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Next

Christine Brooke-Rose

Cover Picture of Next
RRP: GBP£ 9.95
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Price: GBP£ 8.96
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Paperback
ISBN: 978 1 857543 65 0
Imprint: Carcanet Fiction
Published: March 1998
215 x 135 x 15 mm
180 pages
Publisher: Carcanet Press
  • Description
  • Reviews
  • Next is a murder mystery. It is also a harrowing chronicle. Christine Brooke-Rose creates the language, and through that language the world, of the London homeless. It is a world of dispossession, and those who live within it make it habitable as best they can. They have nothing: Next omits the verb `to have' and all that follows from it. When a homeless character is alone, the word `I' only emerges in conversation, the word `my' not at all. The prose itself dissolves or `wanders' on the page when a character moves alone, unconfined by conversation or relationship.

    This is not a story of abject isolations. The voices become those of real people, and Brooke-Rose reflects their accents in the phonetic transcription for the different levels of `Estuarian' dialect some of them speak. The reader is compelled to go slowly, to read aloud in order to hear the voices, and thus to experience them on the palate in the most literal way. The fact of language is the beginning of hope. The alphabet theme runs through the book: there are 26 characters, each name a letter of the alphabet. Ten of these are in the street and their names spell QWERTYUIOP. One character tries to teach another to read.

    Next is written -- like all of Brooke-Rose's novels --in `free direct speech', a tellerless tale which contains only what hits the consciousness of a character, whether thought or speech. The tale passes from character to character without a break, only the consciousness and inflection indicating the transitions. The homeless seem to many of us an anonymous mass, until we get to know them from within.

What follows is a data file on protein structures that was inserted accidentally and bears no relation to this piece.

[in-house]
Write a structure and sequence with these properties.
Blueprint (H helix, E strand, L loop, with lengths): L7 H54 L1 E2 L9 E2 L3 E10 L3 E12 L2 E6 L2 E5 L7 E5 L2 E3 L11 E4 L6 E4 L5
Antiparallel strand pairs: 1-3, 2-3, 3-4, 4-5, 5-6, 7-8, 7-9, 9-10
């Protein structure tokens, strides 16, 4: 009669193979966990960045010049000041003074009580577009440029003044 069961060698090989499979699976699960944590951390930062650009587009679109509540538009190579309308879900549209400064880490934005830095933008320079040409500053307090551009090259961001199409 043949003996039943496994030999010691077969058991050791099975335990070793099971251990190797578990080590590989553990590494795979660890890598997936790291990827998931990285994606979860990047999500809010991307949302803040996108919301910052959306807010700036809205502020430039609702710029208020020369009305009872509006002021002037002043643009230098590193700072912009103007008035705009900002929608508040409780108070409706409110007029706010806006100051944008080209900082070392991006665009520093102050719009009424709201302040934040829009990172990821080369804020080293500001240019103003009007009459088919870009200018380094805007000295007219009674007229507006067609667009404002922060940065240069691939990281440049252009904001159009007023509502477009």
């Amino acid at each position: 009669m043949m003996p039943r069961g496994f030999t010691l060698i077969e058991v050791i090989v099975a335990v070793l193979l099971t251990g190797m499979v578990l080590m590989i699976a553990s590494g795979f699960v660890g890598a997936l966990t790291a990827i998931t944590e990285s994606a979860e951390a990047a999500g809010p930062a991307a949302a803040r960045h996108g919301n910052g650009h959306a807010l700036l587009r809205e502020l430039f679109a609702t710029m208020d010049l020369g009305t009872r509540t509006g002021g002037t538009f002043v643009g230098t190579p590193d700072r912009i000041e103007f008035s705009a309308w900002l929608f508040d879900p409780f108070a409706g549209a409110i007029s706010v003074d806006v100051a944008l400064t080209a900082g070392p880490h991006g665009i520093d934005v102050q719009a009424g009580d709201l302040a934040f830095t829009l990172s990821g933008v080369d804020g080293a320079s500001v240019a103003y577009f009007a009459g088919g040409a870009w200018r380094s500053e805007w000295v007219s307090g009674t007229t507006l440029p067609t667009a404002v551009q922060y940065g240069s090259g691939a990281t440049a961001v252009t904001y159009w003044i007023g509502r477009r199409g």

Praise for Christine Brooke-Rose If we are ever to experience in English the serious practice of narrative as the French have developed it over the last few years, we shall have to attend to Christine Brooke-Rose.
    Frank Kermode on Thru
    If we are ever to experience in English the serious practice of narrative as the French have developed it over the last few years, we shall have to attend to Christine Brooke-Rose.
    Frank Kermode on Thru
    Out represents quite a new departure in Miss Brooke-Rose's work... a splendid achievement...
    Isobel English
    Such is a runaway success for her original technique... funny, painful, exciting, haunting...
    Elizabeth Smart
    Her finest novel completely succeeds because subject and language are one.
    Angus Wilson on Between
    If we are ever to experience in English the serious practice of narrative as the French have developed it over the last few years, we shall have to attend to Christine Brooke-Rose.
    Frank Kermode on Thru
    Out represents quite a new departure in Miss Brooke-Rose's work... a splendid achievement...
    Isobel English
    Such is a runaway success for her original technique... funny, painful, exciting, haunting...
    Elizabeth Smart
    Her finest novel completely succeeds because subject and language are one.
    Angus Wilson on Between
    She is a sublime rollercoaster: hold on and hurtle with her - the ride will be exhilarating.
    Spectator
    We always need to have somebody who is willing to venture into the still vast terra incognita of fiction.
    Sunday Telegraph
    Her finest novel completely succeeds because subject and language are one.
    Angus Wilson on Between
    Such is a runaway success for her original technique... funny, painful, exciting, haunting...
    Elizabeth Smart
    Out represents quite a new departure in Miss Brooke-Rose's work... a splendid achievement...
    Isobel English
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